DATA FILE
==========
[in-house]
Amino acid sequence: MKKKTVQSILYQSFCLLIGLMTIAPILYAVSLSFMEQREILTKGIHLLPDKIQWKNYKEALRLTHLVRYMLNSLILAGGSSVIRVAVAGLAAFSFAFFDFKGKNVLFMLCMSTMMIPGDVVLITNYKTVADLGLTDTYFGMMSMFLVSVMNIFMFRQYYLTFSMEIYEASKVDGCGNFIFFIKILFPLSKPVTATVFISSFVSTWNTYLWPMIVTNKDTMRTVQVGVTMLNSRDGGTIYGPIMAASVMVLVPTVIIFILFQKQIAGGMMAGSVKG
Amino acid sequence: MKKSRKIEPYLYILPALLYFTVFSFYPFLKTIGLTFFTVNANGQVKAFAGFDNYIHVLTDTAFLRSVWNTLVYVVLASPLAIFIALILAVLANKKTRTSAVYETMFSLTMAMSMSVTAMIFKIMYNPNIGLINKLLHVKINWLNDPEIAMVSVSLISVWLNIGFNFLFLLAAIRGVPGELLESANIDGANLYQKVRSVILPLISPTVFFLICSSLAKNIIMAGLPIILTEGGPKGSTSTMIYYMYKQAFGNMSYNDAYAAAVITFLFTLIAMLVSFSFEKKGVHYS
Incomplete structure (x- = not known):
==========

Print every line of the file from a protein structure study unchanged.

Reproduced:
[in-house]
Amino acid sequence: MKKKTVQSILYQSFCLLIGLMTIAPILYAVSLSFMEQREILTKGIHLLPDKIQWKNYKEALRLTHLVRYMLNSLILAGGSSVIRVAVAGLAAFSFAFFDFKGKNVLFMLCMSTMMIPGDVVLITNYKTVADLGLTDTYFGMMSMFLVSVMNIFMFRQYYLTFSMEIYEASKVDGCGNFIFFIKILFPLSKPVTATVFISSFVSTWNTYLWPMIVTNKDTMRTVQVGVTMLNSRDGGTIYGPIMAASVMVLVPTVIIFILFQKQIAGGMMAGSVKG
Amino acid sequence: MKKSRKIEPYLYILPALLYFTVFSFYPFLKTIGLTFFTVNANGQVKAFAGFDNYIHVLTDTAFLRSVWNTLVYVVLASPLAIFIALILAVLANKKTRTSAVYETMFSLTMAMSMSVTAMIFKIMYNPNIGLINKLLHVKINWLNDPEIAMVSVSLISVWLNIGFNFLFLLAAIRGVPGELLESANIDGANLYQKVRSVILPLISPTVFFLICSSLAKNIIMAGLPIILTEGGPKGSTSTMIYYMYKQAFGNMSYNDAYAAAVITFLFTLIAMLVSFSFEKKGVHYS
Incomplete structure (x- = not known):